I am sitting in direct sunlight, and its heat is less now, I can tell from my legs that are directly exposed. The shadows on the page here are longer, or different.
28 minutes in. The grass shadows on a rock at my feet are sharpening.
Just under my chair, there is a sprig of grass with purple twisted feathery seeds emerging from a neatly braided array. There's the breeze again.
45 minutes in. That breeze is still here, and I think I hear more bird calls, their soft evening ones. A quick dart of a glance at the sun does not even leave an after-image on my retina, and the shadow of my pen is crisp.
I decide to take a little series of pictures of the grass tussock, and the horizon, at different intervals. Because there is no one around me, I can concentrate completely on the eclipse, and do not have to pay attention to what other people are doing or saying, and I can hear and see only what is happening to the sun and my own landscape.
2:40 pm, over an hour gone now. The light is attenuating and getting watery. I hear more evening bird songs, the richer, fuller, more melodious sounds of evening.
2:48, one hour and a half in now, there are many new birds making their evening calls.
2:51, evening odors rise with the bird song and the breeze and shadows, all of these sharpening. Later one of the astronomers said that while an eclipse is very sensory, you can't smell it. I did. I smelled the rise of the sweet evening smells.
There is much raucous laughter all around. There are lots of people here and below us, and if it is their first eclipse they will be stunned.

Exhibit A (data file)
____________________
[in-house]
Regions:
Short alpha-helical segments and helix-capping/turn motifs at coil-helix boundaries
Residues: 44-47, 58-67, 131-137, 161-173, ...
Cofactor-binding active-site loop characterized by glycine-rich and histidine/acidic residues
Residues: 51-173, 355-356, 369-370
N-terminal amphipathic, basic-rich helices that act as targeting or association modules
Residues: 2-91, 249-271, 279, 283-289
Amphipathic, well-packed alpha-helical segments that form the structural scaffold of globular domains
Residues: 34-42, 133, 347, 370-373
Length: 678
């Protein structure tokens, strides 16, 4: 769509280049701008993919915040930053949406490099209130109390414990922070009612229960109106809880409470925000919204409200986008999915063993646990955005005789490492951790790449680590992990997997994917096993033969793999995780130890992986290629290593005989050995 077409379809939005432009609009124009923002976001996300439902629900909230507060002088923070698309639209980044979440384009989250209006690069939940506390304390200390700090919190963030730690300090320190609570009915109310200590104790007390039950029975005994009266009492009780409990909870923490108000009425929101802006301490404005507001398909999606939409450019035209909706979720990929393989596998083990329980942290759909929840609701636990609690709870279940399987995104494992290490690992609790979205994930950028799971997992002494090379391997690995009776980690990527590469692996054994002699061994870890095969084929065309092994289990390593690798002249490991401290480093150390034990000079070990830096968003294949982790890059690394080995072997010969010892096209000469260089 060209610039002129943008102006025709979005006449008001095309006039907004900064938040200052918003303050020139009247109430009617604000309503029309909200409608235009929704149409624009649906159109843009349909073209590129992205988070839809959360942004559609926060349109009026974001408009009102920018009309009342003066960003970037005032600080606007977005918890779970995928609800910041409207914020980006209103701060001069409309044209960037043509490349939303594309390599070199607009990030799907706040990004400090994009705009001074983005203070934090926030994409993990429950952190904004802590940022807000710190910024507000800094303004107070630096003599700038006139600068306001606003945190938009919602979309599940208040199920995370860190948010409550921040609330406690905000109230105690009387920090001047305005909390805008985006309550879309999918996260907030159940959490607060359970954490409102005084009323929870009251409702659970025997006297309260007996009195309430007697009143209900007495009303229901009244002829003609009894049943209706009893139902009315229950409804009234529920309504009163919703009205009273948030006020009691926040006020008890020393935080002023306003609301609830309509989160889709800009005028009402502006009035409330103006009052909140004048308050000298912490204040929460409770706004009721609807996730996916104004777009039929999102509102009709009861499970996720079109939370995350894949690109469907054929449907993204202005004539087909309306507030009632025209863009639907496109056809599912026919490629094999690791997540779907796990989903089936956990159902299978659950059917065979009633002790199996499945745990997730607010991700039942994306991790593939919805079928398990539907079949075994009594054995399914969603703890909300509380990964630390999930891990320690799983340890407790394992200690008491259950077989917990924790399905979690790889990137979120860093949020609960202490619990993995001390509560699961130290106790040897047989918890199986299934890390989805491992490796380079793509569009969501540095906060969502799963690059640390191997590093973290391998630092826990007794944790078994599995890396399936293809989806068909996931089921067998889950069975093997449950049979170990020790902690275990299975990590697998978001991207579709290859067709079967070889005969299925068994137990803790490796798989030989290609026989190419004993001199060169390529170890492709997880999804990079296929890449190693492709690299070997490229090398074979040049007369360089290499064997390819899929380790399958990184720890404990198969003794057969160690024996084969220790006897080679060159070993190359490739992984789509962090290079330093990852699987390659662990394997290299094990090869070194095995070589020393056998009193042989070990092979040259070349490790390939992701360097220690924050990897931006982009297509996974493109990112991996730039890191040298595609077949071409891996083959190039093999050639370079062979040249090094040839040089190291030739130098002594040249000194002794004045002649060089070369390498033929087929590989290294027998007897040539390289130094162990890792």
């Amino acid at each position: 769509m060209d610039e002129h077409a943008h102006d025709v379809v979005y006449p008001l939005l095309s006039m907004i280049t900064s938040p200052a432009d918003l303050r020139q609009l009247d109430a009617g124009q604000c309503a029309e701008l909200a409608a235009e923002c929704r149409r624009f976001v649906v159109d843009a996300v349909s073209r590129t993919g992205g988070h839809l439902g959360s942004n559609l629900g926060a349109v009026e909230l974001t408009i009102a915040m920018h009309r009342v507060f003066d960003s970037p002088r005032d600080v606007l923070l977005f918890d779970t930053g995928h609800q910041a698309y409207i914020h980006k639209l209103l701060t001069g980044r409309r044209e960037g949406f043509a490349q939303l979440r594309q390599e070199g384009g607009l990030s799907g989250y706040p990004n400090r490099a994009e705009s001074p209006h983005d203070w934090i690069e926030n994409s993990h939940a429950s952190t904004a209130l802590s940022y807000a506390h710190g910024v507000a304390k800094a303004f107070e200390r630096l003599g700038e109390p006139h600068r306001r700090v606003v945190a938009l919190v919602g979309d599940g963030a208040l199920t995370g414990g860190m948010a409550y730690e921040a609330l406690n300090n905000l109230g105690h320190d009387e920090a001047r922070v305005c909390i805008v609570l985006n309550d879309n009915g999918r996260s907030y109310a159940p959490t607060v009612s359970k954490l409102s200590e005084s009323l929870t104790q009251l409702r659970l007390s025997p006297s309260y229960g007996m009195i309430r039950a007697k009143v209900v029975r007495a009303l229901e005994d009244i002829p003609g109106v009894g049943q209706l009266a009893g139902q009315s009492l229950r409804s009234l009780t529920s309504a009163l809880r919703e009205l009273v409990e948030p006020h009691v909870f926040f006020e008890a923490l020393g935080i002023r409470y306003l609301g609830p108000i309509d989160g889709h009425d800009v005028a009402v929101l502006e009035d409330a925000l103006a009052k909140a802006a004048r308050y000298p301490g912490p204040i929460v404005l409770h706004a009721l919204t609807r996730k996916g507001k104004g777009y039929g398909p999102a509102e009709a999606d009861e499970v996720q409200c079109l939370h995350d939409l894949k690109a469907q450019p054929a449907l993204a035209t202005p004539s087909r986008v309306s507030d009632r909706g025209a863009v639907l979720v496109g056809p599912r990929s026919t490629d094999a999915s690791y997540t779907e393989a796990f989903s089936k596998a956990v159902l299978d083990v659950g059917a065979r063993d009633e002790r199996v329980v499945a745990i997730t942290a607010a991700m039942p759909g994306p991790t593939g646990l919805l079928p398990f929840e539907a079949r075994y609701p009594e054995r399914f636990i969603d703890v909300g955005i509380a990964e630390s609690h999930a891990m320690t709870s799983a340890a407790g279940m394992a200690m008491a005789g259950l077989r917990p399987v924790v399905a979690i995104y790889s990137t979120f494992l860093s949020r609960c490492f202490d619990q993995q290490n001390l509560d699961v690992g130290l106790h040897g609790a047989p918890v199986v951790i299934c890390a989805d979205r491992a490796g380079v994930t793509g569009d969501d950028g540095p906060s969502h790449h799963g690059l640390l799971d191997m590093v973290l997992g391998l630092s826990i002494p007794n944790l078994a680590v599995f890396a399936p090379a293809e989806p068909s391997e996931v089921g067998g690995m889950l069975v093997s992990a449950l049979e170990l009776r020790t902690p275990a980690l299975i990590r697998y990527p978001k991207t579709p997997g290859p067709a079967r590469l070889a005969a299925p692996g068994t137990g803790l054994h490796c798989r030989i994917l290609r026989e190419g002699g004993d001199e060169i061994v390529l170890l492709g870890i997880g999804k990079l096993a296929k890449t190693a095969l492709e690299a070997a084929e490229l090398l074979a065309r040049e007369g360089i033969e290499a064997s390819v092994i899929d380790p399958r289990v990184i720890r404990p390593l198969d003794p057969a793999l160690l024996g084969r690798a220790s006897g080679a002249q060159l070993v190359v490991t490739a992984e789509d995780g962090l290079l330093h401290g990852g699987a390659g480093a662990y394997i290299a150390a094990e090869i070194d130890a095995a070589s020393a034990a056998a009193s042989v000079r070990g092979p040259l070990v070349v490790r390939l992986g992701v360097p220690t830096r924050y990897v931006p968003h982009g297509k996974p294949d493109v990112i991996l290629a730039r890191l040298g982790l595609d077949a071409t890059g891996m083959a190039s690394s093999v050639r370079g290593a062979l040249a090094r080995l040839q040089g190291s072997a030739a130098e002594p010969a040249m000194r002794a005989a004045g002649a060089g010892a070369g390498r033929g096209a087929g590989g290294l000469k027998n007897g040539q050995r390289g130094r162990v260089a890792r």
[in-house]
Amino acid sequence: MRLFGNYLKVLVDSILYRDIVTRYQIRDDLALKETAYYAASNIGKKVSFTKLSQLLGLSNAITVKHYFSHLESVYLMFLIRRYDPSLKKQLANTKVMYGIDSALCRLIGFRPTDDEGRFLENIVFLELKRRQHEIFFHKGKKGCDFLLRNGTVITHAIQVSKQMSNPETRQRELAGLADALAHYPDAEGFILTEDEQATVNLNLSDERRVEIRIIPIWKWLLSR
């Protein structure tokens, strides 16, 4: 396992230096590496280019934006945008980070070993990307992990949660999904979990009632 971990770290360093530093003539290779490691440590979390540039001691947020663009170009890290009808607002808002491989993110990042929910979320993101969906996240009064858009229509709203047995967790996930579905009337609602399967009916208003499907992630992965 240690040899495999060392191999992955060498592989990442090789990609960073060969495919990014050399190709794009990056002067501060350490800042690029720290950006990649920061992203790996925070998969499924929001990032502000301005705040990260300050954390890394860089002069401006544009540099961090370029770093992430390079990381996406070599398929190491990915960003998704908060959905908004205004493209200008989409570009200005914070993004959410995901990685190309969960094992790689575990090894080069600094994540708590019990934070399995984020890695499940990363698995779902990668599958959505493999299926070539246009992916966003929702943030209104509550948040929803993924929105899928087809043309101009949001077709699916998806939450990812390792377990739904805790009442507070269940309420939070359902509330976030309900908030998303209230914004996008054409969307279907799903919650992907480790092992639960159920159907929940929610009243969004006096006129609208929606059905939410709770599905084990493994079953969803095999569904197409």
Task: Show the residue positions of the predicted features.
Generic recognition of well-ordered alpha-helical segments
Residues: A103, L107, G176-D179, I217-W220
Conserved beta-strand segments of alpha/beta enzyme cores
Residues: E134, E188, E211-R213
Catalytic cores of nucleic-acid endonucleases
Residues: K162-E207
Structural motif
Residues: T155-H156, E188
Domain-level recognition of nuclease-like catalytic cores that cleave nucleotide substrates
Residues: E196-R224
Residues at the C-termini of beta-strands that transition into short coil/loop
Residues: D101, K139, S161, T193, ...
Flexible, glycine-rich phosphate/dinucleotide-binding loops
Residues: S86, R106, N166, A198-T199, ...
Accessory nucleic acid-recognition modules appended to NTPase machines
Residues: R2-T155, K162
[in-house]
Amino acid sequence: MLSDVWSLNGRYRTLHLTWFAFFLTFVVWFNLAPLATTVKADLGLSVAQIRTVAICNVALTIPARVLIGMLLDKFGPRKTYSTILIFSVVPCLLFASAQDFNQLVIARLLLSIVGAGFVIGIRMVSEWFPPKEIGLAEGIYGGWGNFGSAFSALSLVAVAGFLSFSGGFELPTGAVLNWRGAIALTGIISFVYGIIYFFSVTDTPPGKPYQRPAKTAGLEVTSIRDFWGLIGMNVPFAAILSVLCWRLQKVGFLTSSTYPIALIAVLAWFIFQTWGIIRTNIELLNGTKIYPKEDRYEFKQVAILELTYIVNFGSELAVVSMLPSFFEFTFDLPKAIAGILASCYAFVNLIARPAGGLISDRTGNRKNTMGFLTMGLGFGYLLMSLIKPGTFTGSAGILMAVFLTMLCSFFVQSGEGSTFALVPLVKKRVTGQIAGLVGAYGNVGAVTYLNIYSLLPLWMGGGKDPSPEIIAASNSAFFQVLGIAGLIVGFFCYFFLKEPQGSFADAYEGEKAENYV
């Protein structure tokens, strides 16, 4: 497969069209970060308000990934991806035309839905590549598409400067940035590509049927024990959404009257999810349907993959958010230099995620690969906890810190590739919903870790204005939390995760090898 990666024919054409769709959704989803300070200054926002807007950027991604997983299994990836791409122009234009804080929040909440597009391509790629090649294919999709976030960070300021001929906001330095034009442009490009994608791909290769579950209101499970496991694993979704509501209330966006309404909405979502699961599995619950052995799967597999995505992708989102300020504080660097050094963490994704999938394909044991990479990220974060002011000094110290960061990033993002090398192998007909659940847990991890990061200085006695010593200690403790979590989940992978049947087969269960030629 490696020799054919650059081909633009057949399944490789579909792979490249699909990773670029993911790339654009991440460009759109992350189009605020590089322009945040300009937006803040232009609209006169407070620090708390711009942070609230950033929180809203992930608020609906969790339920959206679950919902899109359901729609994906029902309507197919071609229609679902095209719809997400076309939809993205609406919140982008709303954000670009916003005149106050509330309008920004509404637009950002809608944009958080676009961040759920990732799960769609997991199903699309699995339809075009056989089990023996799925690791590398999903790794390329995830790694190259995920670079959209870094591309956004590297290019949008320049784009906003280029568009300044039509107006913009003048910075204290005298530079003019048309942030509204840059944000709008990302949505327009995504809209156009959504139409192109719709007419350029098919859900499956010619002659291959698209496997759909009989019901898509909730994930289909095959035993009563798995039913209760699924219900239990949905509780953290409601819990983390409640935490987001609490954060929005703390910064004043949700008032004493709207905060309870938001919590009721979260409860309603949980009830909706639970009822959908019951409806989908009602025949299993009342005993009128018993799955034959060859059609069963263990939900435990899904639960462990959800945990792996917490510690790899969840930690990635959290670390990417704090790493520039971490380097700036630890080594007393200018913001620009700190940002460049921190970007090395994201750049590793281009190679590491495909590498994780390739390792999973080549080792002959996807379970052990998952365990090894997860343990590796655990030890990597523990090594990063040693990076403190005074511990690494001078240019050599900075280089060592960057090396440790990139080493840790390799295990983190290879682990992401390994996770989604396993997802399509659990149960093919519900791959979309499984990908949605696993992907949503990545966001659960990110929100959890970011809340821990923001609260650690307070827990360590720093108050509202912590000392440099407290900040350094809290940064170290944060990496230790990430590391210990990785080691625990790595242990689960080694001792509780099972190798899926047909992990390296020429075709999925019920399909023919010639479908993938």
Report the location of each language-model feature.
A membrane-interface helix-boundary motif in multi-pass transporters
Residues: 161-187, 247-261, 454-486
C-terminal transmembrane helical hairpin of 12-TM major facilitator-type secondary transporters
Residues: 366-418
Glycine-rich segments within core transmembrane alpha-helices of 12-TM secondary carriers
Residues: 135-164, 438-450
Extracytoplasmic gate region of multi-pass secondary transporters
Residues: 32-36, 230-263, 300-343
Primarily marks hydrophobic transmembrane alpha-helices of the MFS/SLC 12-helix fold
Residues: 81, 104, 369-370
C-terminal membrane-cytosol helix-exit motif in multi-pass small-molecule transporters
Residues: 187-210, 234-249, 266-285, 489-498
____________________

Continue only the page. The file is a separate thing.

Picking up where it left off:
2:56 I stand up now, and take off my sun hat. The light is like water or glass. I stand to mark the implacable event with my body.
2:57 the sun is dying! It is DYING!
3:02. The light is smeared across the landscape thinly, and instead of being hot, it is pleasantly cool now, though nothing is pleasant at this time. Some of the chatter behind me has dropped away.
3:08 The sun is a huge gleaming pearl. I can look at it. Its light is dying, draining. The sounds the people make are deeper, and there is only a little laughter now.
3:11 OH IT’S BAD IT’S BAD PEOPLE ARE STARTING TO SCREAM AND SHOUT I HATE IT I CRY OUT I HATE IT I UTTER STRANGE SOUNDS, I BARK SOMEHOW, AND SCREAM.
I see Baily’s Beads and think, They are mountains on the thinly crescent moon which in a way they are.
Pink and orange prominences.
That implacable, ghastly, ravishing black circle hanging like a horrible terrible mighty god in the heavens.
At the final moment of light, just as the light disappears, a great cry rises from all the people, of terror, of desolation, of grief, of passion. Like a cry of desolated passion.
The birds are silent in the darkness.
The gleaming corona spreads out past the pure black disc like a great coronation.
The horizon as far around as I can see is dark massive sunset of blue and red. Jupiter glows near the black sun.
I weep and cry out, I talk to the sun, I am alone with this great god of celestial mechanics who knows nothing of me, or anything on earth, of the earth itself. For it is only an event for humans, not for the sun or for the moon, or for anything not on earth. The solar eclipse is only perceived by, only happens, for humans and for other living things, but we are the only ones who fear it.
I see the chromosphere, glittering pink on the lower limb of the sun. I see the diamond ring. I see the light come back, the warmth return though thinly, and it is all over.
The most beautiful of the eclipses.